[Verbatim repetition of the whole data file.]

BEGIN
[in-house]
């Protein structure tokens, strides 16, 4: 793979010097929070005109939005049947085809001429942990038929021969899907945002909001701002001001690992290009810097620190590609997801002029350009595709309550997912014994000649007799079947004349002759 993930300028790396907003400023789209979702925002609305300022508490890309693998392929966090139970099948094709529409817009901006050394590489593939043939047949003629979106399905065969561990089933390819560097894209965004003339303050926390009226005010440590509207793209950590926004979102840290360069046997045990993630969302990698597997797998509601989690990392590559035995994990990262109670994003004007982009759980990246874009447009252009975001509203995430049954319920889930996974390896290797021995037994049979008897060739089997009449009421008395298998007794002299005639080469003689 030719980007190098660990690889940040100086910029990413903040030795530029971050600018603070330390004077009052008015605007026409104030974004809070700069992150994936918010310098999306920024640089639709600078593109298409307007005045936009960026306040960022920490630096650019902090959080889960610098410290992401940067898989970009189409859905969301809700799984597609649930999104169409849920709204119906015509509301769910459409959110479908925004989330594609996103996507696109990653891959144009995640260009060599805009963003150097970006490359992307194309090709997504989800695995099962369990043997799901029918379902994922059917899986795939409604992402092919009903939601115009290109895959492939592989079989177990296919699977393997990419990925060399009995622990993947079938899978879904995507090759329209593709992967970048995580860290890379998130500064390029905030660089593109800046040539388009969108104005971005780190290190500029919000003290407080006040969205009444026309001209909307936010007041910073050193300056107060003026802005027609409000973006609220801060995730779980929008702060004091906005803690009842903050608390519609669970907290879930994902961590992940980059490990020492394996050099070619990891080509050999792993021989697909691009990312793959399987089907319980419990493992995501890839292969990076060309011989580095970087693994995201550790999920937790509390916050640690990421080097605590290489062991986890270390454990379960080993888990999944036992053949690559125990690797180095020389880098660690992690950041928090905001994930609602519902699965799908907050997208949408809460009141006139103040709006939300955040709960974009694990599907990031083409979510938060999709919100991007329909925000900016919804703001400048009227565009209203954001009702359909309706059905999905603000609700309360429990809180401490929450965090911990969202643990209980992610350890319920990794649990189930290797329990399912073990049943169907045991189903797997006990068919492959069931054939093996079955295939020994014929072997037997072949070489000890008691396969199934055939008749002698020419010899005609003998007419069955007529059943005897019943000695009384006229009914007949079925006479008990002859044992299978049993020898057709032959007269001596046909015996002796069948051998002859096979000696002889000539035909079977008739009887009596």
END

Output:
[in-house]
């Protein structure tokens, strides 16, 4: 793979010097929070005109939005049947085809001429942990038929021969899907945002909001701002001001690992290009810097620190590609997801002029350009595709309550997912014994000649007799079947004349002759 993930300028790396907003400023789209979702925002609305300022508490890309693998392929966090139970099948094709529409817009901006050394590489593939043939047949003629979106399905065969561990089933390819560097894209965004003339303050926390009226005010440590509207793209950590926004979102840290360069046997045990993630969302990698597997797998509601989690990392590559035995994990990262109670994003004007982009759980990246874009447009252009975001509203995430049954319920889930996974390896290797021995037994049979008897060739089997009449009421008395298998007794002299005639080469003689 030719980007190098660990690889940040100086910029990413903040030795530029971050600018603070330390004077009052008015605007026409104030974004809070700069992150994936918010310098999306920024640089639709600078593109298409307007005045936009960026306040960022920490630096650019902090959080889960610098410290992401940067898989970009189409859905969301809700799984597609649930999104169409849920709204119906015509509301769910459409959110479908925004989330594609996103996507696109990653891959144009995640260009060599805009963003150097970006490359992307194309090709997504989800695995099962369990043997799901029918379902994922059917899986795939409604992402092919009903939601115009290109895959492939592989079989177990296919699977393997990419990925060399009995622990993947079938899978879904995507090759329209593709992967970048995580860290890379998130500064390029905030660089593109800046040539388009969108104005971005780190290190500029919000003290407080006040969205009444026309001209909307936010007041910073050193300056107060003026802005027609409000973006609220801060995730779980929008702060004091906005803690009842903050608390519609669970907290879930994902961590992940980059490990020492394996050099070619990891080509050999792993021989697909691009990312793959399987089907319980419990493992995501890839292969990076060309011989580095970087693994995201550790999920937790509390916050640690990421080097605590290489062991986890270390454990379960080993888990999944036992053949690559125990690797180095020389880098660690992690950041928090905001994930609602519902699965799908907050997208949408809460009141006139103040709006939300955040709960974009694990599907990031083409979510938060999709919100991007329909925000900016919804703001400048009227565009209203954001009702359909309706059905999905603000609700309360429990809180401490929450965090911990969202643990209980992610350890319920990794649990189930290797329990399912073990049943169907045991189903797997006990068919492959069931054939093996079955295939020994014929072997037997072949070489000890008691396969199934055939008749002698020419010899005609003998007419069955007529059943005897019943000695009384006229009914007949079925006479008990002859044992299978049993020898057709032959007269001596046909015996002796069948051998002859096979000696002889000539035909079977008739009887009596």